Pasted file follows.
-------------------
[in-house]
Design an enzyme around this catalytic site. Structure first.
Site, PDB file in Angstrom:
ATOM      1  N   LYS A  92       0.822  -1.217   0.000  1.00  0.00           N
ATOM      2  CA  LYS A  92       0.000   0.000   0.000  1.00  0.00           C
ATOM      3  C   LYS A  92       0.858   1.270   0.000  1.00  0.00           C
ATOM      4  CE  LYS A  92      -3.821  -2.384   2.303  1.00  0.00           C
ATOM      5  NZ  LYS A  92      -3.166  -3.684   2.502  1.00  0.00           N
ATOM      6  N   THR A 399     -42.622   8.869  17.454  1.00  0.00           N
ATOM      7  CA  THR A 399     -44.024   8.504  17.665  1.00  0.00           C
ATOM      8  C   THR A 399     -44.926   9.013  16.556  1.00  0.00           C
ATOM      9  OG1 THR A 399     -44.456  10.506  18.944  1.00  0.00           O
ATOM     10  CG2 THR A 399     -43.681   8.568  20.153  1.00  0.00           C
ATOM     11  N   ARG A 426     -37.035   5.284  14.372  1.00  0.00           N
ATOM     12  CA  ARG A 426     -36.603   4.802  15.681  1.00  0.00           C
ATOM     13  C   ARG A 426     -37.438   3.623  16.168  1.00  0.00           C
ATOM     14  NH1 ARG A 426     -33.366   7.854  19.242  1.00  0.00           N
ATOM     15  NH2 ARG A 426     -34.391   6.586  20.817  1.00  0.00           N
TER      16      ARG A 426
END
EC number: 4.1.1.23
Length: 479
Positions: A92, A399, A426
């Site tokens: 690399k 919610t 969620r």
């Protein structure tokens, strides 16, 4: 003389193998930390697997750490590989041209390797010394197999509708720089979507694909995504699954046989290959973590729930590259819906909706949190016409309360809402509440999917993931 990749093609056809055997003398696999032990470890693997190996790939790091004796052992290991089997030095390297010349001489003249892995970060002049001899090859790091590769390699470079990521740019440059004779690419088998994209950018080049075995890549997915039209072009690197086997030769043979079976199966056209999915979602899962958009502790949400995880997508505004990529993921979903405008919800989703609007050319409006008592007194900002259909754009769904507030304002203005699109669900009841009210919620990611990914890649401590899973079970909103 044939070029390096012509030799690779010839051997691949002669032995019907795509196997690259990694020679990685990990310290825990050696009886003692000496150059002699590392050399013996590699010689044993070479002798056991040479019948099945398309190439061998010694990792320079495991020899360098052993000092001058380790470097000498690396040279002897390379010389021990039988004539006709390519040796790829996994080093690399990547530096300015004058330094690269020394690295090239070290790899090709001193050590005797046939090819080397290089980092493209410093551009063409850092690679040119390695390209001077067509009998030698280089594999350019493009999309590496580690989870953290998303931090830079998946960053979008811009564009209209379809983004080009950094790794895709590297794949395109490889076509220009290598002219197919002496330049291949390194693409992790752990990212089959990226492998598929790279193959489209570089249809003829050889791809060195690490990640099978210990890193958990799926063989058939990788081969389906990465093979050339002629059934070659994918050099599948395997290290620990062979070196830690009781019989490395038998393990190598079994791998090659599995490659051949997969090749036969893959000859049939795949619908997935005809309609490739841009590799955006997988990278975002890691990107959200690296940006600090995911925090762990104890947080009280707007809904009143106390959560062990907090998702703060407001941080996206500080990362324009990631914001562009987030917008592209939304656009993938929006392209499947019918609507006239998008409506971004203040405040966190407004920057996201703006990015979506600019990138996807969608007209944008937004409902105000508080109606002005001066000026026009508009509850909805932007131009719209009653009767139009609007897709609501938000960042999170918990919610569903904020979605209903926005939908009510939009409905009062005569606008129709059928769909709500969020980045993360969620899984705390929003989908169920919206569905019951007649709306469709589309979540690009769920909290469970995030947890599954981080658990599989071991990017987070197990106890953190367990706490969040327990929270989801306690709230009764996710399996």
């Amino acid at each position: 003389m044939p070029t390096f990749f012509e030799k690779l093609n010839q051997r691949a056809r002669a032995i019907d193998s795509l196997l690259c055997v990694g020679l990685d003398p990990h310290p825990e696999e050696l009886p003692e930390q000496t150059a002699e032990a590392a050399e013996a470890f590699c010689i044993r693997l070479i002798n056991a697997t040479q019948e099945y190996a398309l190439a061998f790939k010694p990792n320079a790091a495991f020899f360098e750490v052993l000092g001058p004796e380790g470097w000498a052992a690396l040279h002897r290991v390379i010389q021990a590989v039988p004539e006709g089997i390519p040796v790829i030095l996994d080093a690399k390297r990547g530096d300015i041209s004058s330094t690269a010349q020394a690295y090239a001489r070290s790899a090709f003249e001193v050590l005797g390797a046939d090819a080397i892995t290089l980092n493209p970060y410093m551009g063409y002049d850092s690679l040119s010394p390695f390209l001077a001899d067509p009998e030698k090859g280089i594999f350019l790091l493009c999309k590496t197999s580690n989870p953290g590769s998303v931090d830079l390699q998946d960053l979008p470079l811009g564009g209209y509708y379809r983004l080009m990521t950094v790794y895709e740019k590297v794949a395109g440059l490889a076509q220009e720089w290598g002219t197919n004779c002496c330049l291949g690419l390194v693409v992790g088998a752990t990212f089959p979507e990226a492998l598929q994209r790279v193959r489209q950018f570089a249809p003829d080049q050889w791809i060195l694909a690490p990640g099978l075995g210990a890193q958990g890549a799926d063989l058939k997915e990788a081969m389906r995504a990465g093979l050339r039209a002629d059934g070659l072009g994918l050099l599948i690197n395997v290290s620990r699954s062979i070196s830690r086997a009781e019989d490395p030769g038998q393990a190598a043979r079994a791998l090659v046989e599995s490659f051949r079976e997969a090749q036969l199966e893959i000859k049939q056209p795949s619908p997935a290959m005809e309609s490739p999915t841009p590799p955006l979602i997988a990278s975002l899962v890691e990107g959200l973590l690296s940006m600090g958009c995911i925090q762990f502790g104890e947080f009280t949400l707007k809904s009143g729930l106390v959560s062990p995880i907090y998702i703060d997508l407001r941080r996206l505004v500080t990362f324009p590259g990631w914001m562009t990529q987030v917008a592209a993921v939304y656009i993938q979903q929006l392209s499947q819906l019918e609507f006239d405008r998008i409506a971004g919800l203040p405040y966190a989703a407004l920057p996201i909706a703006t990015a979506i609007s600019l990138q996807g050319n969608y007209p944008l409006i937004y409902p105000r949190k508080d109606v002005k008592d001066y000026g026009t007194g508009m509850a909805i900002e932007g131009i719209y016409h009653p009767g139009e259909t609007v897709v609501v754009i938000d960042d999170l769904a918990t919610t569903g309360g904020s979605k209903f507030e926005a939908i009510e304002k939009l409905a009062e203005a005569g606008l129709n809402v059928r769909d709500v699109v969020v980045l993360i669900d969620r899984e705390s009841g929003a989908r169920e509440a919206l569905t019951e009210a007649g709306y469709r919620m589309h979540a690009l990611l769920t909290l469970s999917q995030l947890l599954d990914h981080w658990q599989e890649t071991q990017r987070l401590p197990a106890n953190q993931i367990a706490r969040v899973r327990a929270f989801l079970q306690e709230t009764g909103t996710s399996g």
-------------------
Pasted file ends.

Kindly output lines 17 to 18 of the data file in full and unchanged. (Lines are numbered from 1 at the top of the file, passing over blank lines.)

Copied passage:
ATOM     14  NH1 ARG A 426     -33.366   7.854  19.242  1.00  0.00           N
ATOM     15  NH2 ARG A 426     -34.391   6.586  20.817  1.00  0.00           N